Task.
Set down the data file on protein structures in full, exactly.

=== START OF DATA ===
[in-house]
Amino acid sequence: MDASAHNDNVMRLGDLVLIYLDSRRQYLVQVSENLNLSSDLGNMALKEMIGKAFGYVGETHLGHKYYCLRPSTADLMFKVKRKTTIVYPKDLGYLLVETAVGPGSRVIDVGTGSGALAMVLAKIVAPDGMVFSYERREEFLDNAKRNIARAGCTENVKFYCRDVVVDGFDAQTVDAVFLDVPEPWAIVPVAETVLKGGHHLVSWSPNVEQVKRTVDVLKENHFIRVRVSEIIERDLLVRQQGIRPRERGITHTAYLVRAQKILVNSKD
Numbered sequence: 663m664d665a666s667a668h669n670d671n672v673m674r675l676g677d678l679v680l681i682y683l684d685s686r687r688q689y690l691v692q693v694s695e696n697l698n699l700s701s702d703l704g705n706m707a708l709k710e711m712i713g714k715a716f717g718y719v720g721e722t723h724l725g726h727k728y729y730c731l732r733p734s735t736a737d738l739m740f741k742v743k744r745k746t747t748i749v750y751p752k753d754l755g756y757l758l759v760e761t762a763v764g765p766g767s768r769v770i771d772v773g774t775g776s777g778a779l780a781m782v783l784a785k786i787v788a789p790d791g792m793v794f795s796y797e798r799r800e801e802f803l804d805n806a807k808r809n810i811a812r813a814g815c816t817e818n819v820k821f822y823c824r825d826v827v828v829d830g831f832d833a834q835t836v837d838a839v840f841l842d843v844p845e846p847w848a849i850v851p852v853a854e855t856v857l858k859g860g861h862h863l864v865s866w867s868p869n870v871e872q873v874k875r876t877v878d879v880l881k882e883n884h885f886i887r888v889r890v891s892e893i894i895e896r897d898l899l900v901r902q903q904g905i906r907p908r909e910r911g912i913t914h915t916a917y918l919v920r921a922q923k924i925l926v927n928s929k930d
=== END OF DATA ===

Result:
[in-house]
Amino acid sequence: MDASAHNDNVMRLGDLVLIYLDSRRQYLVQVSENLNLSSDLGNMALKEMIGKAFGYVGETHLGHKYYCLRPSTADLMFKVKRKTTIVYPKDLGYLLVETAVGPGSRVIDVGTGSGALAMVLAKIVAPDGMVFSYERREEFLDNAKRNIARAGCTENVKFYCRDVVVDGFDAQTVDAVFLDVPEPWAIVPVAETVLKGGHHLVSWSPNVEQVKRTVDVLKENHFIRVRVSEIIERDLLVRQQGIRPRERGITHTAYLVRAQKILVNSKD
Numbered sequence: 663m664d665a666s667a668h669n670d671n672v673m674r675l676g677d678l679v680l681i682y683l684d685s686r687r688q689y690l691v692q693v694s695e696n697l698n699l700s701s702d703l704g705n706m707a708l709k710e711m712i713g714k715a716f717g718y719v720g721e722t723h724l725g726h727k728y729y730c731l732r733p734s735t736a737d738l739m740f741k742v743k744r745k746t747t748i749v750y751p752k753d754l755g756y757l758l759v760e761t762a763v764g765p766g767s768r769v770i771d772v773g774t775g776s777g778a779l780a781m782v783l784a785k786i787v788a789p790d791g792m793v794f795s796y797e798r799r800e801e802f803l804d805n806a807k808r809n810i811a812r813a814g815c816t817e818n819v820k821f822y823c824r825d826v827v828v829d830g831f832d833a834q835t836v837d838a839v840f841l842d843v844p845e846p847w848a849i850v851p852v853a854e855t856v857l858k859g860g861h862h863l864v865s866w867s868p869n870v871e872q873v874k875r876t877v878d879v880l881k882e883n884h885f886i887r888v889r890v891s892e893i894i895e896r897d898l899l900v901r902q903q904g905i906r907p908r909e910r911g912i913t914h915t916a917y918l919v920r921a922q923k924i925l926v927n928s929k930d